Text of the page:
BLITZER: He's been governor for a about 10 years in Texas.

SIMMONS: He has been governor for a long time. But you know, Wolf, I just find it very curious that it taken him this long to get into the race. It takes a long time to put a field organization together. It's a long time to get your fundraising network together.

And to be jumping in this race at the end of the summer, just a few months before the first vote in causes is a really long time to wait. And I think, if you want to be president of the United States, you got to run for president of the United States. You can't wait for an opportune moment. These folks have been trying --

FEEHERY: Jamal makes an excellent point. And that's why I think Mitt Romney is still the front-runner. He's done all the organizational stuff he needed to go. He's gotten all his people out there. He's placing a lot of money already. It's hard to start an organization from scratch in two months, and that's what he's trying to do.

BLITZER: You're celebrating this weekend your 40th birthday.


BLITZER: Happy birthday. You got another good cause your working out.

SIMMONS: And we have a good cause. We're working on the Rosa Parks Scholarship Foundation. We've had bunch of people. Lot of celebrities have been tweeting and going on social networks and talking about it. Rosa Parks Scholarship Foundation got an org (ph) where people can give, and hopefully, we think we're going to raise a little bit of money. And some CNN people have helped. People like Alex Castellanos and Paul Begala.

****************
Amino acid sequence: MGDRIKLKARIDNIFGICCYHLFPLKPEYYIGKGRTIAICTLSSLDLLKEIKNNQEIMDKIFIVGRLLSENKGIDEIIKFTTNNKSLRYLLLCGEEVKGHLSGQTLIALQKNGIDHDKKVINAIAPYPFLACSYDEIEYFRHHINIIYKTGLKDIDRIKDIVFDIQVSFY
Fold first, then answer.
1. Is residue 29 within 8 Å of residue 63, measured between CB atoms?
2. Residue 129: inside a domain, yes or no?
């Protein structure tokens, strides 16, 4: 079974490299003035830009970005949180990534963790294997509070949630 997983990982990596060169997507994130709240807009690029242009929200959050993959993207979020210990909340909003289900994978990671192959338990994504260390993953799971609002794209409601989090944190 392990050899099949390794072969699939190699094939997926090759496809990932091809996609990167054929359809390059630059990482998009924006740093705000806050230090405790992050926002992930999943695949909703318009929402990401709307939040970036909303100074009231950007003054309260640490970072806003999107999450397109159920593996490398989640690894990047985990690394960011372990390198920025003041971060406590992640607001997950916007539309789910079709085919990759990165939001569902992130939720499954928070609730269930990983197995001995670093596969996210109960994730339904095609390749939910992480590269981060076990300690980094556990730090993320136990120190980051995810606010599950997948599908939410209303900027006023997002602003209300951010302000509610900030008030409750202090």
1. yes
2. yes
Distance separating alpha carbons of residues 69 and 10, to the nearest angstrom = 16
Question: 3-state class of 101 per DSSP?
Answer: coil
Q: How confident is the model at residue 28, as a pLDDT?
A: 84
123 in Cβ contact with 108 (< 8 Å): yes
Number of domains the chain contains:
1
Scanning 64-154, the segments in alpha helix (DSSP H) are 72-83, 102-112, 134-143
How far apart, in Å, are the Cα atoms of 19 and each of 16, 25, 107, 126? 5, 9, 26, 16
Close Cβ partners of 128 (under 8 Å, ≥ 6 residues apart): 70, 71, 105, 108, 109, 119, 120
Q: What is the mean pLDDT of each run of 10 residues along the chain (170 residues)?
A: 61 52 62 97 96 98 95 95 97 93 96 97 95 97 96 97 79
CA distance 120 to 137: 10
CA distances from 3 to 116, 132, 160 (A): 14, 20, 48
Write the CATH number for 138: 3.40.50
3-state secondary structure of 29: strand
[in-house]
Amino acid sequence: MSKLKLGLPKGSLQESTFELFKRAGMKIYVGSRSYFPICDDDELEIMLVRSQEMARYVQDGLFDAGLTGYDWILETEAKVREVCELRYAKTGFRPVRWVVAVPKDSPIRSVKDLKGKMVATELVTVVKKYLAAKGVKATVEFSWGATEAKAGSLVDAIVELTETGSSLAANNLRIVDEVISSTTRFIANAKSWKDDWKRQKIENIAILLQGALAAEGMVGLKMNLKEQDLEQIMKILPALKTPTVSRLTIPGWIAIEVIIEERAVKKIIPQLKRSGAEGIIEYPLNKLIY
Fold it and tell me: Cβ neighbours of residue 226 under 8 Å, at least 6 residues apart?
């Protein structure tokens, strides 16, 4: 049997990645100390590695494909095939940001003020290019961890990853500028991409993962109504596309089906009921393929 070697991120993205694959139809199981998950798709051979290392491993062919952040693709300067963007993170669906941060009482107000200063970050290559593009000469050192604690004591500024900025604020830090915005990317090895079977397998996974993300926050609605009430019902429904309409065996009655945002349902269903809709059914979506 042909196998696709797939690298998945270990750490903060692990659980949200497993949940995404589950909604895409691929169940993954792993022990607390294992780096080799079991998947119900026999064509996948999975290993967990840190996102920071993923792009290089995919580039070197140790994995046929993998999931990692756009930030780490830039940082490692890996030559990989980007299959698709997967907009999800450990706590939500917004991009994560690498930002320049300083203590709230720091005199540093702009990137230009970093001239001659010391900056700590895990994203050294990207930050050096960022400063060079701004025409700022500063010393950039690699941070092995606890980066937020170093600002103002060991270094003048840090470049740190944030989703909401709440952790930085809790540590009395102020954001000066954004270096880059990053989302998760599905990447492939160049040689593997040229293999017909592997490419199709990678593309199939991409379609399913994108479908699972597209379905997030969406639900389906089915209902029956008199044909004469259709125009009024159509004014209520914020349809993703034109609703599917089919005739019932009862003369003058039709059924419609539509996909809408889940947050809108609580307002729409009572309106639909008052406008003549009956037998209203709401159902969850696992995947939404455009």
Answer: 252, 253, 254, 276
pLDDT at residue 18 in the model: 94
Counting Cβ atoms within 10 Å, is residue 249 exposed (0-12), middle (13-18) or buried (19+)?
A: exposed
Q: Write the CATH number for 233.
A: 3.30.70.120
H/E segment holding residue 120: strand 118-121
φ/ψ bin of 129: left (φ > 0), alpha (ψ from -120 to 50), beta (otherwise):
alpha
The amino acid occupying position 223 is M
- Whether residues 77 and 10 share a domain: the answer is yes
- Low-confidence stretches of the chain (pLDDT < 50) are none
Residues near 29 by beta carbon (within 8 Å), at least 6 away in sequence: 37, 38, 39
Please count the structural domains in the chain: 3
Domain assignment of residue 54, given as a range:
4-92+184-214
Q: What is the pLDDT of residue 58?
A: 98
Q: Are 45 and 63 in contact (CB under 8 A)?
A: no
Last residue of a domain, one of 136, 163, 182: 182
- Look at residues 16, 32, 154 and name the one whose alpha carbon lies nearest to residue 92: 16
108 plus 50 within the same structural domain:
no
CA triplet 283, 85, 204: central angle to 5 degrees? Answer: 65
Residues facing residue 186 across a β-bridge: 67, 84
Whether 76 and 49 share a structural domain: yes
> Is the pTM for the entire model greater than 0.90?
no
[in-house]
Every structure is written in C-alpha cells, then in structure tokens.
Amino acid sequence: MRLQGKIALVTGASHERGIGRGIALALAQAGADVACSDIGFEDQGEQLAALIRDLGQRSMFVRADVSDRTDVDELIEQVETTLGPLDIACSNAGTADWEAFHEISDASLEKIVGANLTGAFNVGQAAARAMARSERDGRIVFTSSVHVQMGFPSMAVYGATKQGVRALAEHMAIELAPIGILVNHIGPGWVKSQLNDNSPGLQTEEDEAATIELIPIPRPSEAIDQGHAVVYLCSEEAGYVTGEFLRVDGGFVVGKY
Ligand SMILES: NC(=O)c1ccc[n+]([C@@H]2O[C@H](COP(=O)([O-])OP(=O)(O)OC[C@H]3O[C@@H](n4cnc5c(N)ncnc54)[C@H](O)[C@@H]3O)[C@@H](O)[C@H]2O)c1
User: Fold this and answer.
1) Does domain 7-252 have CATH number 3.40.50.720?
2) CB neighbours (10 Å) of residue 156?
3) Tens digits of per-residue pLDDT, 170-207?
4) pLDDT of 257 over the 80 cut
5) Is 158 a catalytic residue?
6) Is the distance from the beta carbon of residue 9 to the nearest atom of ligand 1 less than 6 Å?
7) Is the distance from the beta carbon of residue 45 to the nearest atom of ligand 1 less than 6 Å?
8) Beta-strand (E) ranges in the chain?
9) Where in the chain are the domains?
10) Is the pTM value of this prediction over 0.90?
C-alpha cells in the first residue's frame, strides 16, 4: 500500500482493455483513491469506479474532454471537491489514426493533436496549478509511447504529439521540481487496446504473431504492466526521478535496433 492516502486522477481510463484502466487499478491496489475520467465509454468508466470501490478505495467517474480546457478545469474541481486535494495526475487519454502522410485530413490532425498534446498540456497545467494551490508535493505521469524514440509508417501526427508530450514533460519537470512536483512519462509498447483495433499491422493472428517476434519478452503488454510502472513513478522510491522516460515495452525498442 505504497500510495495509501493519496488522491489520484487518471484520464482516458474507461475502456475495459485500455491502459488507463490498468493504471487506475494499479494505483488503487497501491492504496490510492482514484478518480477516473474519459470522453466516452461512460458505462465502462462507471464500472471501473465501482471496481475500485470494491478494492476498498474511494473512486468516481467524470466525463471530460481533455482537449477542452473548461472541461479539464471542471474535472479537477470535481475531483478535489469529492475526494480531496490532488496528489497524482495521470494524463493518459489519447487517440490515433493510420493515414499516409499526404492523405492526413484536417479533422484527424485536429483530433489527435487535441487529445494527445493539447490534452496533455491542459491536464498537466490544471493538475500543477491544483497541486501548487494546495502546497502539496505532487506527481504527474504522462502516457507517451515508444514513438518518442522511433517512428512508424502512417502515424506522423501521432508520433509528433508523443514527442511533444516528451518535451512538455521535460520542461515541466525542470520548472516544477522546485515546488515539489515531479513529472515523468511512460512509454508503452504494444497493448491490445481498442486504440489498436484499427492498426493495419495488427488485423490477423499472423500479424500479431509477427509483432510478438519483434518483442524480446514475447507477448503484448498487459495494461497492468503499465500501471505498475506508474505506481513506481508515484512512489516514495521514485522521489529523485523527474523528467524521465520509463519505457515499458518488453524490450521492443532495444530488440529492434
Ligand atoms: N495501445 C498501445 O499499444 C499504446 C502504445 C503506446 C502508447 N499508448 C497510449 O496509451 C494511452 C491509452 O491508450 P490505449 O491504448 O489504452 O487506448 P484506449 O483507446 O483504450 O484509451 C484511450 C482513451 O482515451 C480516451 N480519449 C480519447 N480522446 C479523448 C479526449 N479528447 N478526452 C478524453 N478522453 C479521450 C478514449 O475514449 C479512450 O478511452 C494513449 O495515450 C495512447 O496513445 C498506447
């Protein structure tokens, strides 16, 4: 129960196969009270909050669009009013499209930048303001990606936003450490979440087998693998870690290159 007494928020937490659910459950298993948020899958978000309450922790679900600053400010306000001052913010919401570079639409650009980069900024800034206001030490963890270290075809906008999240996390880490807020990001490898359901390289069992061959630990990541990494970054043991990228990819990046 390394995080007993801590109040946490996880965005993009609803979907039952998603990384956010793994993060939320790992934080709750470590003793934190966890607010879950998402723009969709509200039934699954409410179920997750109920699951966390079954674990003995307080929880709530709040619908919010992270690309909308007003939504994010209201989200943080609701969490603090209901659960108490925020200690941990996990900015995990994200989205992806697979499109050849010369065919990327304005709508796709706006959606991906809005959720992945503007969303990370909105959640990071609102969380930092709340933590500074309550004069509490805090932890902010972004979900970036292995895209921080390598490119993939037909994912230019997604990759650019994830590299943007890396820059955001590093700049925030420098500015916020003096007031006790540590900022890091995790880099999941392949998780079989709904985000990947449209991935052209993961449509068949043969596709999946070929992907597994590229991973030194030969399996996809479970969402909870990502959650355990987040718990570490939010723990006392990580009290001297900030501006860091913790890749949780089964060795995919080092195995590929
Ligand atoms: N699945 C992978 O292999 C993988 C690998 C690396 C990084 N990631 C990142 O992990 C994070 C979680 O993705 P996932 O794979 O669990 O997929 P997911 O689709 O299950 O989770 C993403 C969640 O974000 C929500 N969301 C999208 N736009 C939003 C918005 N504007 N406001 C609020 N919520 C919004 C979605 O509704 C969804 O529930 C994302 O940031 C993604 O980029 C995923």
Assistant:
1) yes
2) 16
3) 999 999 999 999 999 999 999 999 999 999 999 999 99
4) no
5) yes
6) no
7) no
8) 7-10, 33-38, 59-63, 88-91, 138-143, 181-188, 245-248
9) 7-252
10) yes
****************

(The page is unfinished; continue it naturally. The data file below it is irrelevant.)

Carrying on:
BLITZER: Happy birthday.

SIMMONS: Thank you.

BLITZER: Say happy birthday.

FEEHERY: Happy birthday, Jamal.


BLITZER: All right. Jamal, good guy.

We're going back live to Norway soon. A journalist who was on the scene moments after the blast tells us about the chaos that erupted. Plus, a political tighten on the verge of falling. The all out effort to stop one lawmaker. We're going to see what's going on. Stay with us. Much more coming up.

We're also standing by. The president of the United States will be going into the briefing room momentarily at the White House. We think he's got a statement on the debt ceiling. We'll have live coverage right here on the SITUATION ROOM.


ANNOUNCER: this is CNN Breaking News.

BLITZER: We're standing by to hear directly from the president of the United States. He's getting ready to walk into the White House press briefing room in the west wing and make an announcement, we believe, an announcement on the debt ceiling negotiations. Only 10 days to go before the United States potentially could default on all of its international obligations, its financial obligations.